By STEVE PEOPLES
WASHINGTON — Former technology executive Carly Fiorina announced she’s running for president, and retired neurosurgeon Ben Carson was set to launch his bid as well on Monday, as the Republican field of hopefuls expands once more. Both Fiorina and Carson have the potential to help the GOP win over a more diverse group of supporters in 2016.
Fiorina is likely to be the only prominent woman to seek the GOP nomination, with Carson the only likely African-American. They are both also political outsiders in a field likely to be dominated by governors, former governors and senators.
The two are not considered political allies and the timing of their announcements, planned weeks ago, is coincidental.
Fiorina, 60, chose a nationally broadcast morning network news show to announce her candidacy, and she also posted a video.
The former chief executive of Hewlett-Packard Co., appearing on ABC’s “Good Morning America,” said she understands “executive decision-making.”
She also criticized Democrat Hillary Rodham Clinton, the front-runner for her party’s nomination, for a lack of transparency, including the use of a private email server while secretary of State and foreign donations to her family’s charitable foundation.
“I have a lot of admiration for Hillary Clinton, but she clearly is not trustworthy,” Fiorina said.
Carson also got ahead of himself on Sunday, confirming his plans to run in an interview that aired on an Ohio television station.
“I’m willing to be part of the equation and therefore, I’m announcing my candidacy for president of the United States of America,” he told WKRC-TV in Cincinnati.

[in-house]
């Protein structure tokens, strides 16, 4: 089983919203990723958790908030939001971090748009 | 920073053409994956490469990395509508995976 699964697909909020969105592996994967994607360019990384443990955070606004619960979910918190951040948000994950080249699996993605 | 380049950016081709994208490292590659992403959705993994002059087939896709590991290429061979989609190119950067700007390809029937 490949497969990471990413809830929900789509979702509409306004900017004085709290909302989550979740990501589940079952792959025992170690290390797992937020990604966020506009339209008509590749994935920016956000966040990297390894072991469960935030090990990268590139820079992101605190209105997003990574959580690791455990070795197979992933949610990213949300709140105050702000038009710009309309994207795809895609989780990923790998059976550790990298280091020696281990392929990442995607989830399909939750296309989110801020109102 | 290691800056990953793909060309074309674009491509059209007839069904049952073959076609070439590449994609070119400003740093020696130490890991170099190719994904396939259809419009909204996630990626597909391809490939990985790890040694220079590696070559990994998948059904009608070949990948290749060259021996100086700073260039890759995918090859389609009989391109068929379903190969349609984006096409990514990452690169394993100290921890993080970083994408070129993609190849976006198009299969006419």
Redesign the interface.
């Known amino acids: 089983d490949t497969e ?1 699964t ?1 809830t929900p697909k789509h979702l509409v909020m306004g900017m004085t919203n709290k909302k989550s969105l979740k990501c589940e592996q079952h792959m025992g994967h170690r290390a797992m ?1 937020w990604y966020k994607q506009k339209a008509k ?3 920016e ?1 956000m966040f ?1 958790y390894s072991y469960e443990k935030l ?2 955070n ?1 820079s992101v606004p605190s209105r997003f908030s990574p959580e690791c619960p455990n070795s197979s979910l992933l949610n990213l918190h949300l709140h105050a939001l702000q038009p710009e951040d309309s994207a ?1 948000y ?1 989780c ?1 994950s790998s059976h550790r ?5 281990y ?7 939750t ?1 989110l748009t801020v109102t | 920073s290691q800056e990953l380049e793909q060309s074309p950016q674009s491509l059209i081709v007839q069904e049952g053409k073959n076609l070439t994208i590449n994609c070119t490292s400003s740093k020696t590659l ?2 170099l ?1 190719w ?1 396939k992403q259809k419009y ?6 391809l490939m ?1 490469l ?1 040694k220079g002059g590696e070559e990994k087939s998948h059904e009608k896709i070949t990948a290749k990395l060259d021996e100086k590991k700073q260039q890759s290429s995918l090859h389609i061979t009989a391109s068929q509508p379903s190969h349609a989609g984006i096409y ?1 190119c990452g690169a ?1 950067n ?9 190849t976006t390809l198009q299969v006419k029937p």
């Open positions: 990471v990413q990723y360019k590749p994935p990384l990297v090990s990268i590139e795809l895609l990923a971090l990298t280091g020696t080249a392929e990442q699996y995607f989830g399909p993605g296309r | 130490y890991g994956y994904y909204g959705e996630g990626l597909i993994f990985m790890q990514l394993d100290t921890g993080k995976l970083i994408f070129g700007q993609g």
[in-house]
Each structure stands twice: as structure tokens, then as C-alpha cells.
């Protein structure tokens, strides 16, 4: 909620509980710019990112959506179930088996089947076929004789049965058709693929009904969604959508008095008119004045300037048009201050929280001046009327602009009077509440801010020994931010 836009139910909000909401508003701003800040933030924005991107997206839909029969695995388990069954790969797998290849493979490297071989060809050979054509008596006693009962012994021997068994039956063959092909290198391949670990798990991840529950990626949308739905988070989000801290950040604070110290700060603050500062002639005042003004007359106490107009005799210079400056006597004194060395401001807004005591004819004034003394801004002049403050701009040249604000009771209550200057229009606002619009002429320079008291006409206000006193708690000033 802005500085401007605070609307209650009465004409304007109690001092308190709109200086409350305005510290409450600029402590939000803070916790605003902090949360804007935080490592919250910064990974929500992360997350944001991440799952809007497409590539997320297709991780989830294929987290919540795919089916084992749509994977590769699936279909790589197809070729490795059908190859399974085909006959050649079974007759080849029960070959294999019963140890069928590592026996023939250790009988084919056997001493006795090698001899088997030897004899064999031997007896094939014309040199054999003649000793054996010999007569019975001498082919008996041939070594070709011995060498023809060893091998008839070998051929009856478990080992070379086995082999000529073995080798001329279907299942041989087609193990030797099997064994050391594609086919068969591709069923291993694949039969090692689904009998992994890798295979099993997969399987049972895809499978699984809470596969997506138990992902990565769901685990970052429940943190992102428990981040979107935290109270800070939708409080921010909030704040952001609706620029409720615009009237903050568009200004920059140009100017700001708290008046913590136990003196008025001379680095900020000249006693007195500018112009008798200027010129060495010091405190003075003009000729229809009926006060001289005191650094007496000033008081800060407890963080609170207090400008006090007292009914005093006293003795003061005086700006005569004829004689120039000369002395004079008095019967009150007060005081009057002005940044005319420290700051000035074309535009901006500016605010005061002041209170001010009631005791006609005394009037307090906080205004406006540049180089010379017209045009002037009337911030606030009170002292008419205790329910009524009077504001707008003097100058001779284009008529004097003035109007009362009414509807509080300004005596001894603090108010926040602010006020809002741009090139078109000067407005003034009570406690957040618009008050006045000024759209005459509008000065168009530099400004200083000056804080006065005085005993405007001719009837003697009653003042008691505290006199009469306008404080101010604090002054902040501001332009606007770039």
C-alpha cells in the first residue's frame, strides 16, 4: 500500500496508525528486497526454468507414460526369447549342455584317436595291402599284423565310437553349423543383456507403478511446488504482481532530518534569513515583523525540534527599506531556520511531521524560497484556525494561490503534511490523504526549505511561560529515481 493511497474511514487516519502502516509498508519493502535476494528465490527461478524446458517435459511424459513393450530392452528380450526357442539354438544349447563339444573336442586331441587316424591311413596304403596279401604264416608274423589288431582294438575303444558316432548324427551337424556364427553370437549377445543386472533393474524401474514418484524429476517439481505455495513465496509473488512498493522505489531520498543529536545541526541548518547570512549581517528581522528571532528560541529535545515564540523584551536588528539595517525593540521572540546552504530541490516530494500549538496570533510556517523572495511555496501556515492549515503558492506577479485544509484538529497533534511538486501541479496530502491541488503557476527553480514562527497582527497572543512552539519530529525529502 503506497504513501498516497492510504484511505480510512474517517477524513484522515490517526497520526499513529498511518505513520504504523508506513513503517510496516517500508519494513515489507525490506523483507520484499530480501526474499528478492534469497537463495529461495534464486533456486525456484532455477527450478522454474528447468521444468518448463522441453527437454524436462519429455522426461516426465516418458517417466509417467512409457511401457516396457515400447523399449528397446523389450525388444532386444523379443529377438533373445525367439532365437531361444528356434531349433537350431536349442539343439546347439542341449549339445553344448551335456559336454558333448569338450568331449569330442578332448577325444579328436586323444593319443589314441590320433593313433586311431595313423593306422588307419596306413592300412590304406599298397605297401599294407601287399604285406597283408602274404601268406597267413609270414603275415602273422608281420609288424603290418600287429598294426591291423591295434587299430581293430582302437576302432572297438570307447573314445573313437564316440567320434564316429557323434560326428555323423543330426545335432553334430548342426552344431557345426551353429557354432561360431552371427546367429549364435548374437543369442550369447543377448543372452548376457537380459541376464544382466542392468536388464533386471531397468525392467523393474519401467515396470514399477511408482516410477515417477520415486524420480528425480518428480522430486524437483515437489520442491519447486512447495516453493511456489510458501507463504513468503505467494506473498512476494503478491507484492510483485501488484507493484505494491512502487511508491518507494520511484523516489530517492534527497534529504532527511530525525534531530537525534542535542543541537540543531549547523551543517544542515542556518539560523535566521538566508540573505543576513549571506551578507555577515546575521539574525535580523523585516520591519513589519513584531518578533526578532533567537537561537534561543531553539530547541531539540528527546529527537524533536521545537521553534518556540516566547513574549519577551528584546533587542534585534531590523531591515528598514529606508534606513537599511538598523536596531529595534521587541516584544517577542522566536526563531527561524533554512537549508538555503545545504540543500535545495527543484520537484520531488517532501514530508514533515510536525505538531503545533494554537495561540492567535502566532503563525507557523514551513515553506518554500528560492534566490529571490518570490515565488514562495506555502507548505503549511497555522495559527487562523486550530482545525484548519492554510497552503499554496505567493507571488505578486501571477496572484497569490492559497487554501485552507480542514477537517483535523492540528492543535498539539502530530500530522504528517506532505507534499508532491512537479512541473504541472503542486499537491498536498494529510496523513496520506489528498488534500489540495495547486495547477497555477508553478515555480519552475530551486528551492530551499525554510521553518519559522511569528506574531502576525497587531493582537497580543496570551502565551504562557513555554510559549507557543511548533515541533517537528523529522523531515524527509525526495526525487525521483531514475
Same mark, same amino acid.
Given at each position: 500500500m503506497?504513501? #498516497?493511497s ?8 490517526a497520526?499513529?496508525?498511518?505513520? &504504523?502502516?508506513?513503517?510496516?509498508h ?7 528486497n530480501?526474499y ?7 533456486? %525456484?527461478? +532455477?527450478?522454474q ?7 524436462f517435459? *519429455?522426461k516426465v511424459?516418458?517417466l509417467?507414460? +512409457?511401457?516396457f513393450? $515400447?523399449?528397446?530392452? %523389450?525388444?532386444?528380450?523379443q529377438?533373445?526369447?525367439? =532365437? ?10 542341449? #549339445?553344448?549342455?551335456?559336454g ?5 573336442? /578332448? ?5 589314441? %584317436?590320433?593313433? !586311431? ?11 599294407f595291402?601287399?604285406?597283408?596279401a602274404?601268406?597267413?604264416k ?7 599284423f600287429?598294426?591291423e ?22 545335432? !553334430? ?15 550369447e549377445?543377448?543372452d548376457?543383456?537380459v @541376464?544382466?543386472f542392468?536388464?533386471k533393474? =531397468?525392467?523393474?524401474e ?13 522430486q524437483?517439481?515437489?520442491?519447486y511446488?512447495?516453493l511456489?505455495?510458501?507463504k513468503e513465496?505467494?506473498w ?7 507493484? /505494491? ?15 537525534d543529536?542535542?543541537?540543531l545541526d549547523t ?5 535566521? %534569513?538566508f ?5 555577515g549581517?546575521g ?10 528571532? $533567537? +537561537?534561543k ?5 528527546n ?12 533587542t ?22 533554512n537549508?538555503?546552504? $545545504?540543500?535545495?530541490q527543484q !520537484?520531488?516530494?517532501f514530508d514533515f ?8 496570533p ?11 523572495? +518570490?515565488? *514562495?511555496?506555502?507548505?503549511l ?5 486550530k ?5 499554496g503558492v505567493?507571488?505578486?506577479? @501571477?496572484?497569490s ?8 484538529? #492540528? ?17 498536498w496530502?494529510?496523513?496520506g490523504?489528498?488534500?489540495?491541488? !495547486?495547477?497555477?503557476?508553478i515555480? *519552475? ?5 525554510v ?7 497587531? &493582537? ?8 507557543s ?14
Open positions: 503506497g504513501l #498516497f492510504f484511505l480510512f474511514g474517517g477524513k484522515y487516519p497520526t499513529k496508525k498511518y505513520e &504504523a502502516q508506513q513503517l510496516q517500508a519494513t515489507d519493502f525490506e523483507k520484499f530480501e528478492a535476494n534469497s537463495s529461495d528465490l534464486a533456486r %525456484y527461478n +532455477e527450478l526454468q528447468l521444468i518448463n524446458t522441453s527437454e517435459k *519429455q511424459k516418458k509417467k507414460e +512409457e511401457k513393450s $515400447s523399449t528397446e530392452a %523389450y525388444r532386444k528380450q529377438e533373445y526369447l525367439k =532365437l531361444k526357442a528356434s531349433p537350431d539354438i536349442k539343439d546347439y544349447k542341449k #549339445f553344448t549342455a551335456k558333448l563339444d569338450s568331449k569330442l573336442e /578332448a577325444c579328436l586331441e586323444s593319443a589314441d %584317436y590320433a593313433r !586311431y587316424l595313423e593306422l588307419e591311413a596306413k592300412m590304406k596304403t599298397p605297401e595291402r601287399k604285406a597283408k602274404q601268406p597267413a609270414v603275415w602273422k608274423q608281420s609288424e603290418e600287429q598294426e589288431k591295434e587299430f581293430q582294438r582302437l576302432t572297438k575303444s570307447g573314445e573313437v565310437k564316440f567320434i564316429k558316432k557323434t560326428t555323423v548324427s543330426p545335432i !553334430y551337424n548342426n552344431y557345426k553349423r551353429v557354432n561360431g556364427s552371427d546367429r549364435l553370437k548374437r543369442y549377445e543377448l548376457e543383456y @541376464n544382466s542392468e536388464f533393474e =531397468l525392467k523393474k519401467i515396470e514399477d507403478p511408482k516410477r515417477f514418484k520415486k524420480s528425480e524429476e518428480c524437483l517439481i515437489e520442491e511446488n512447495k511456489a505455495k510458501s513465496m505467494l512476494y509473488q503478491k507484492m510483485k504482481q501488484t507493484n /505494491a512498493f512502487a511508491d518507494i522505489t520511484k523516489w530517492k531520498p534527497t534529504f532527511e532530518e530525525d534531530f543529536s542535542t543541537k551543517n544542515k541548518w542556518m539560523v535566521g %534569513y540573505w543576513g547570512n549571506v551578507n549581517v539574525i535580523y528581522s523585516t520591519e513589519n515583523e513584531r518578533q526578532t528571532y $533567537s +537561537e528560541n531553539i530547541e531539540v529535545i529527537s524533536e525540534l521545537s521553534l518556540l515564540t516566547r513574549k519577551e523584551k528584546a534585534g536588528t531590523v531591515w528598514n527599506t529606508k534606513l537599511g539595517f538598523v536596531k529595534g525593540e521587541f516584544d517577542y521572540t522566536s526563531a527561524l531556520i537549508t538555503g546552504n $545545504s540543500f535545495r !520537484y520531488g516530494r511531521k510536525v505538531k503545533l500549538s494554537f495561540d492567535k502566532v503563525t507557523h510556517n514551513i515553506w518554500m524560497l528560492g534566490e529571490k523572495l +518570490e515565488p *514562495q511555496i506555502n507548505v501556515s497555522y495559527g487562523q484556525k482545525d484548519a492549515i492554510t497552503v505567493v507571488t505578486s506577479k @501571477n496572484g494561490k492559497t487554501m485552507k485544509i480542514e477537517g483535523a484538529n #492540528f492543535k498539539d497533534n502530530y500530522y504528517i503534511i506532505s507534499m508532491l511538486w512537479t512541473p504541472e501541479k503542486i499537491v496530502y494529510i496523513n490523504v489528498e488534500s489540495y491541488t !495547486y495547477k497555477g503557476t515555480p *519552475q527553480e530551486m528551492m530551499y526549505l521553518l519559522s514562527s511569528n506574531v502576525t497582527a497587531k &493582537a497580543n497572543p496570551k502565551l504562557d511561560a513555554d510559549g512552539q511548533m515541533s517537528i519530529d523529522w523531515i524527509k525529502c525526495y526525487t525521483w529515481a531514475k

Carson, 63, made his formal announcement Monday in a speech from his native Detroit shortly after having breakfast at a local museum of African-American history.
Both candidates begin the race as underdogs in a campaign expected to feature several seasoned politicians, among them former Florida Gov. Jeb Bush, Wisconsin Gov. Scott Walker, Florida Sen. Marco Rubio and Texas Sen. Ted Cruz. Yet while they have claimed much of the early attention and favor from donors, the GOP race is a wide-open contest that could ultimately feature as many as two dozen major candidates.
The Republican field is already more diverse than it was four years ago. Rubio and Cruz are each vying to become the first Hispanic president. And most of the candidates are in their 40s and 50s.
Still, the Republican National Committee has acknowledged a pressing need to broaden the party’s appeal beyond its traditional base of older, white men. President Barack Obama won re-election in 2012 with the strong support of women and ethnic minorities, who are becoming a larger portion of the American electorate.
Raised in Detroit by a single mother, Carson practiced medicine and served as the head of pediatric neurosurgery for close to three decades at Baltimore’s Johns Hopkins Children’s Center. He gained national renown in conservative politics after condemning Obama’s health care law at the 2013 national prayer breakfast.
He has established a strong base of vocal support among tea party-backers, some of whom launched an effort to push Carson into the race before he set up an exploratory committee earlier this year.